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Wheel Fun!

How can parents keep toddlers active and happily occupied for an hour or so? What fun activity can be done with minimal fuss and planning? Try tricycle riding in the outdoors.

Teach your child to ride a tricycle 

By teaching your child how to ride a tricycle and giving him regular tricycle time, you are subtly introducing the importance of physical fitness and shaping his attitude towards leading an active lifestyle.

A child who spends too much time on sedentary activities may not develop the stamina needed for more active play or acquire the physical skills needed for his school years and beyond. So let him hop onto a tricycle and off you go to a safe, trike-friendly area such as a park, neighbourhood playground, or open space at the void deck. Do remember to supervise your child at all times and make sure he wears a safety helmet.

CHOOSING A TRICYCLE

There is no shortage of tricycle models in stores. Pick a three-wheeler that is age appropriate for your child. One year olds can start with a low-to-the-ground push trike model that requires him to push or walk with his feet. Models featuring push handles at the back allow parents to help little ones maneuver.

If you're shopping around for tricycle models, it may be a good idea to invest in one that can take a child from one to four years old. Features to look out for include back support, adjustable seat, non-slip pedals, sturdy steering, shock absorbers and safety hand-grips. Of course, make sure it's in your child's favourite colour and check that his feet can reach the pedals/ ground. Don't forget the safety helmet!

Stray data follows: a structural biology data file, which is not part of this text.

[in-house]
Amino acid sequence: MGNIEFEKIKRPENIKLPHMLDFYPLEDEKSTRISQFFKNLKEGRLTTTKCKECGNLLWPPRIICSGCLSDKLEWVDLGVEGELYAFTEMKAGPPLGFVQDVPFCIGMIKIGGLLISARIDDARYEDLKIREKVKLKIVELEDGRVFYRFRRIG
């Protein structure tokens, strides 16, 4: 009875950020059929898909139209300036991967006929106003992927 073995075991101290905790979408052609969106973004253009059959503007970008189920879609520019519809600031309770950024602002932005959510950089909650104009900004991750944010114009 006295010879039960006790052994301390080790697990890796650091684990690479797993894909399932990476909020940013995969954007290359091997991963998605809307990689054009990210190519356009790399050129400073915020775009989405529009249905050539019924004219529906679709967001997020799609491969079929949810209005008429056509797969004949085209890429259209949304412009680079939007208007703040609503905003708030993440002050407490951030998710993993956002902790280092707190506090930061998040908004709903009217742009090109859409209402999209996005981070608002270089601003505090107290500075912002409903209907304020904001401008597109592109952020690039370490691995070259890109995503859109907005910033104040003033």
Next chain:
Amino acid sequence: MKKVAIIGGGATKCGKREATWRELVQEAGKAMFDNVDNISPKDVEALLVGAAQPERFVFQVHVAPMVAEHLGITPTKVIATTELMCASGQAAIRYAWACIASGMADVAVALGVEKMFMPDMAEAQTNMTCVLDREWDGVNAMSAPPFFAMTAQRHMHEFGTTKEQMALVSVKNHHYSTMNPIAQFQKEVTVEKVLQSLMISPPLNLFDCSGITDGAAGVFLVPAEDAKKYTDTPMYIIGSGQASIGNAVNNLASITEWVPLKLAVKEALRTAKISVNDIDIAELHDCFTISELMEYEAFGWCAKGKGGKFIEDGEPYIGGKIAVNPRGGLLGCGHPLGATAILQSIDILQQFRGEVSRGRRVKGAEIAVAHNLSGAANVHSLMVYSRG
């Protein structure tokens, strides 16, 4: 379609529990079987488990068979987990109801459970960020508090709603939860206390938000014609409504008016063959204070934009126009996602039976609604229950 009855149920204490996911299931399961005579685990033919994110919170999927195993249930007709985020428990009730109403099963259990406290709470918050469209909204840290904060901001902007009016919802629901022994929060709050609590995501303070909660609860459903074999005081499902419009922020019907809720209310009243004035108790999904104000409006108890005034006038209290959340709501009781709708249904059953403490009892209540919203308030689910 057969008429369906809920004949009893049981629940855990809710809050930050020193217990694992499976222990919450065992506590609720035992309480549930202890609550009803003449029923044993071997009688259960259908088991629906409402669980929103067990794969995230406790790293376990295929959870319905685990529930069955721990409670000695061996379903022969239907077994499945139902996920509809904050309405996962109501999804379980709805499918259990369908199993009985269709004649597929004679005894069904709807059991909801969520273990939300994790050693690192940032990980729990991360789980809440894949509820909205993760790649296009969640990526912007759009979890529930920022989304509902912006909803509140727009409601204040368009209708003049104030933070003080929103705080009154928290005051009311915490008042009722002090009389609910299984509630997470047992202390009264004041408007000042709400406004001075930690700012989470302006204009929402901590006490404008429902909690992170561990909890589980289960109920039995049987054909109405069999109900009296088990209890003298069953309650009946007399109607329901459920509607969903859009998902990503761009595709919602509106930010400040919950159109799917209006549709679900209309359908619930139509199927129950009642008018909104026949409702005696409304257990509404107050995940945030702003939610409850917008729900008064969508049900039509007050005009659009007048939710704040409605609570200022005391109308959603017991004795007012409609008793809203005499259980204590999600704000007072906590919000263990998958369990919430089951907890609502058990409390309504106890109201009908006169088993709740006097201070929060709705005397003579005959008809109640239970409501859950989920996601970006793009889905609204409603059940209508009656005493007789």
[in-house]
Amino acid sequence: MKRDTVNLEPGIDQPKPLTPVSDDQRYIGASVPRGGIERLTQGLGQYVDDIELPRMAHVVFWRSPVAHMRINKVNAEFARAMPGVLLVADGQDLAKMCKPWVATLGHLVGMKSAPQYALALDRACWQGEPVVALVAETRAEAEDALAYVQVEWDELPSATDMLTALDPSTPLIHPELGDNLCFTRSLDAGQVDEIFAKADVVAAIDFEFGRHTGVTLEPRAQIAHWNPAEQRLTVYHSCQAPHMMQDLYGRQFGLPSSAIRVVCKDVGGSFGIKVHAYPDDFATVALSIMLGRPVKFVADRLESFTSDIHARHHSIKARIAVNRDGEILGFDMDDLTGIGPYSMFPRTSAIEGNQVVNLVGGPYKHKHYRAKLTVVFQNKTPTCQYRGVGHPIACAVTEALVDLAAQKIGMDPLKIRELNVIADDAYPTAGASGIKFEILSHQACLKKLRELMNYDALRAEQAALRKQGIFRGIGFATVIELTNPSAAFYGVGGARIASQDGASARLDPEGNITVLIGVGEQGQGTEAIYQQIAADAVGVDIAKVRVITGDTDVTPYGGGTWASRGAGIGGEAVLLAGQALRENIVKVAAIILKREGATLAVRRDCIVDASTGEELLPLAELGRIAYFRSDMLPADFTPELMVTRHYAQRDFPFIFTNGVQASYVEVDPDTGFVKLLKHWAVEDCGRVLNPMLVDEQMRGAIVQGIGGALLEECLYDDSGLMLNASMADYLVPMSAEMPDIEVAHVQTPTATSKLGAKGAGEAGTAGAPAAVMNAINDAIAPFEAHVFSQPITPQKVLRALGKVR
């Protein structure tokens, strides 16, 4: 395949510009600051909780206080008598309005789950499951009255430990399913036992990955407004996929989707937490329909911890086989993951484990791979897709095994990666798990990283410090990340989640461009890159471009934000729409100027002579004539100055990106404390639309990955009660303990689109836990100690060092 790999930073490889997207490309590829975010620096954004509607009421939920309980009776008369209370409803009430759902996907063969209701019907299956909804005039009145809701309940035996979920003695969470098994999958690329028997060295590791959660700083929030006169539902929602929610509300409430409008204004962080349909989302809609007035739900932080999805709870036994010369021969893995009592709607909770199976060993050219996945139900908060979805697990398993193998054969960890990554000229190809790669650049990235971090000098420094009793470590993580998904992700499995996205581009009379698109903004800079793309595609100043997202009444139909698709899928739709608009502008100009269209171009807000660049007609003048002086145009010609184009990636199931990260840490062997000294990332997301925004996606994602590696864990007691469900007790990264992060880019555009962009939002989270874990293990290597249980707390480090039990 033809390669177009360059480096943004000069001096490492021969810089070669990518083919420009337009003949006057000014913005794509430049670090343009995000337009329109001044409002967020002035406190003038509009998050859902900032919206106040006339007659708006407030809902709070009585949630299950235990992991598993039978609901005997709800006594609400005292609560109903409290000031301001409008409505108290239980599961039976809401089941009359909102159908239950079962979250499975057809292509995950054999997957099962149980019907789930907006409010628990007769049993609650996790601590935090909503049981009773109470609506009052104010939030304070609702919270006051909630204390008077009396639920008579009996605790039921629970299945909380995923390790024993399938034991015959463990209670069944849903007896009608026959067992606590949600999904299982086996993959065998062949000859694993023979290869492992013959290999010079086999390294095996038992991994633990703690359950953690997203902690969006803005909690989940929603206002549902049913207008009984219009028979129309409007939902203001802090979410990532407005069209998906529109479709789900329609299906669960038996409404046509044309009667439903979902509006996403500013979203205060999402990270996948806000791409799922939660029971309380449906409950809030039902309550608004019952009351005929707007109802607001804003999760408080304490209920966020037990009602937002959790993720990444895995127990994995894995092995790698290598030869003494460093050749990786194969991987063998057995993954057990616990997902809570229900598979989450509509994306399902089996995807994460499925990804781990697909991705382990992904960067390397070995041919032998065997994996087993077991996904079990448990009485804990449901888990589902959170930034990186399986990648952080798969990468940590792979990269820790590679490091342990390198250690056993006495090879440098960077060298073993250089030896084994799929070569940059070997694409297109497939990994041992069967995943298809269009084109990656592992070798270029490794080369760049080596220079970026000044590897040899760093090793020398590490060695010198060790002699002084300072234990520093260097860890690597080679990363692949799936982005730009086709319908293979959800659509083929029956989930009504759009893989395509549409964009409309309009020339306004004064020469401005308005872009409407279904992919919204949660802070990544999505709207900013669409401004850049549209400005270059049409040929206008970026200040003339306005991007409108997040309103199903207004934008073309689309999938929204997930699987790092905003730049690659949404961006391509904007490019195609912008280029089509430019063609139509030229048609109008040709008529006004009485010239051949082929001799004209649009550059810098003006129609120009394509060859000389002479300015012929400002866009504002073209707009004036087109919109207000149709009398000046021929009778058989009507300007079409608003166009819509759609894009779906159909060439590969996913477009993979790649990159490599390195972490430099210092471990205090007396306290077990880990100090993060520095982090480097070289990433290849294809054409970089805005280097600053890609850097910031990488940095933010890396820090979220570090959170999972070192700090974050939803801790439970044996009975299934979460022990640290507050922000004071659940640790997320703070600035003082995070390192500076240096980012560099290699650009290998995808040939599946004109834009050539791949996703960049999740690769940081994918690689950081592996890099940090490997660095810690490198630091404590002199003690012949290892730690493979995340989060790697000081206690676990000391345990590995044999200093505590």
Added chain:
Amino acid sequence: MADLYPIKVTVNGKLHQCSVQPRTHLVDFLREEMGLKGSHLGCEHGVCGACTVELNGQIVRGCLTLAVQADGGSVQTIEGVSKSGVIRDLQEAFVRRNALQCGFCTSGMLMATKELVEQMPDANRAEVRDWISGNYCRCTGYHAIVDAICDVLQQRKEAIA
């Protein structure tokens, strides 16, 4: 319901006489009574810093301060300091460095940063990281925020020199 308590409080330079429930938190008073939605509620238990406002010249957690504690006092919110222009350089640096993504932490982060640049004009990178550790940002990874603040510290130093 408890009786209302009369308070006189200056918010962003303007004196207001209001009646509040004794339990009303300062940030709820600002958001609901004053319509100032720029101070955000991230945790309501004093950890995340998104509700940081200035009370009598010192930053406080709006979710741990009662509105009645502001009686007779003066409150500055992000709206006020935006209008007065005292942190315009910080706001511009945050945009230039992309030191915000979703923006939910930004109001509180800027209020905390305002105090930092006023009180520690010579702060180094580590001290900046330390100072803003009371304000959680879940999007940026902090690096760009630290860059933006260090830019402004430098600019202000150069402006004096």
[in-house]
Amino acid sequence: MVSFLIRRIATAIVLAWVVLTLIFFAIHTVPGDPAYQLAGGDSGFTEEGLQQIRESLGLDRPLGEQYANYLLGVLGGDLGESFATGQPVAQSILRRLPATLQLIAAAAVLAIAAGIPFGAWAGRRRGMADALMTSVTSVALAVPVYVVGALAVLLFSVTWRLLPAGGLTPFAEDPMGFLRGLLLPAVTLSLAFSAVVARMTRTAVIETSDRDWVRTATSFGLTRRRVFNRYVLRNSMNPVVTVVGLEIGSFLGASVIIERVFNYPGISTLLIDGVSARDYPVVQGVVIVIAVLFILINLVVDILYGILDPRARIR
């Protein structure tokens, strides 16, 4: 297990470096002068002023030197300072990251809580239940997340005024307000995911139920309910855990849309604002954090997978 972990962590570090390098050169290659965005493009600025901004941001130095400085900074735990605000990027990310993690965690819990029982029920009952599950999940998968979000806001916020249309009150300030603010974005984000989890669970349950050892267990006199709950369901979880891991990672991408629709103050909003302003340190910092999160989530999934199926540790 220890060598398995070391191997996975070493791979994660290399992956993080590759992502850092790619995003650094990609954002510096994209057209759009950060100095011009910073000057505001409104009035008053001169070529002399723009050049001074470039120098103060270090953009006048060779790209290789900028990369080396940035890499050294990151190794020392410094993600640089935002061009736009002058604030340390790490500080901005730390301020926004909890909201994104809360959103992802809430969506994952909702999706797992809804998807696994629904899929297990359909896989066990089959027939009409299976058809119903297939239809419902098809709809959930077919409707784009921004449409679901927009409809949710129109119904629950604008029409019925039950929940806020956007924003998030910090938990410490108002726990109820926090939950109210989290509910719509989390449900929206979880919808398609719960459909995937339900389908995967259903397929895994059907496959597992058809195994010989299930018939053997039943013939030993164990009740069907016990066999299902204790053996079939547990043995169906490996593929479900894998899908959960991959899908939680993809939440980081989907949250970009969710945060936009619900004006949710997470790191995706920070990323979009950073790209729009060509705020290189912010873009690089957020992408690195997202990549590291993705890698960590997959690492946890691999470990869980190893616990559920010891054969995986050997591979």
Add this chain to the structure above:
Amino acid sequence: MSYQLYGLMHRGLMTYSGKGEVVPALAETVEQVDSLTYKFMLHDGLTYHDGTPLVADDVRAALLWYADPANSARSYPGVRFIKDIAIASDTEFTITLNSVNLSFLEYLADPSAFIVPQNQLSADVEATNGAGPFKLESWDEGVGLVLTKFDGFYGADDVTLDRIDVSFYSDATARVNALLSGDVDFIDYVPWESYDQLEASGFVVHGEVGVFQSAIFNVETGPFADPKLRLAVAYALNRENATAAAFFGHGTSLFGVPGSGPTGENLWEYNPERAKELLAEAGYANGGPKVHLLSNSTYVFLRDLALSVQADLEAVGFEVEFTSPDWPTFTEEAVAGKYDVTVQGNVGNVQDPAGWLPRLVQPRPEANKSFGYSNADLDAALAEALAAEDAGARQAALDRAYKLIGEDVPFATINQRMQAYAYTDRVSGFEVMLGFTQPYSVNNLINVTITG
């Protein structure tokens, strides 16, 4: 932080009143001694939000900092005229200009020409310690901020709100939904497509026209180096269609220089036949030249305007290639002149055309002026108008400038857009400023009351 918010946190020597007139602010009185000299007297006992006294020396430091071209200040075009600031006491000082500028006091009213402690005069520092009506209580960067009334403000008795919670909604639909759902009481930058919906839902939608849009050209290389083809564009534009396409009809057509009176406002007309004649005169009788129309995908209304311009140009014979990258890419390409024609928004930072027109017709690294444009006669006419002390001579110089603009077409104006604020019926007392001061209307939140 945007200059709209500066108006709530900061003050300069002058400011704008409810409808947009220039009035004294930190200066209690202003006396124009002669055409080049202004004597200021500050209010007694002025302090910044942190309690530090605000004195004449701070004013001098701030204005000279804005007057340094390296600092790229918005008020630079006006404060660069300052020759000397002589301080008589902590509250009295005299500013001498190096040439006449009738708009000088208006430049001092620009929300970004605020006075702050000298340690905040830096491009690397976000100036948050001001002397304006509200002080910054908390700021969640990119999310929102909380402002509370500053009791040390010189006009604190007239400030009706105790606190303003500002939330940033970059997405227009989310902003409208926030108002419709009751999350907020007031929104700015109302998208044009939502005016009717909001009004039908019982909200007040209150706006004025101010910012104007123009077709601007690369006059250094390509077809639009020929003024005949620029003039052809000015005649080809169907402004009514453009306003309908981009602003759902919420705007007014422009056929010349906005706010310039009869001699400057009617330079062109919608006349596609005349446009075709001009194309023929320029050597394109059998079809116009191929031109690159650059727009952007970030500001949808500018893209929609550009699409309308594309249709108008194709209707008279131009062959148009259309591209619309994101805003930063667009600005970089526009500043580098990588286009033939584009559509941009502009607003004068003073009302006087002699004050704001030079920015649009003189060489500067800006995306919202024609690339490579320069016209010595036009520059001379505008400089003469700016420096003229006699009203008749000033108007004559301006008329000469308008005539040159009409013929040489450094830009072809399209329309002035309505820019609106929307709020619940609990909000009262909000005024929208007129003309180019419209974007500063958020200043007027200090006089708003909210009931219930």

BENEFITS OF RIDING A TRICYCLE

Being able to ride a tricycle is a developmental milestone. Most children should be able to successfully ride one by the time they are three years old. Learning how to negotiate a tricycle builds muscle strength, endurance and stamina. It also builds on a child's motor skills as maintaining, balancing, pedal coordination, andn steering come into play. The more a child rides his tricycle, the better developed his leg muscles will be, preparing him for the next stage: riding a bicycle.

SAFETY & SETTING BOUNDARIES

Set boundaries to ensure your child's safety 

Always make sure your child has a safety helmet on when he rides his tricycle. A helmet not only offers protection should accidents occur, the act of putting it on and securing it establishes a safety habit. Even as your child happily pedals away from you, enjoying his sense of independence and freedom, make sure you set boundaries for him. Show him the areas he can ride around and which are strictly off limits. Always keep a lookout when your child is on his tricycle to further ensure his safety. When he has burnt up all his energy riding circles arounnd you, ask him if he enjoyed himself. Don't forget to emphasise how fun and rewarding exercise can be!​​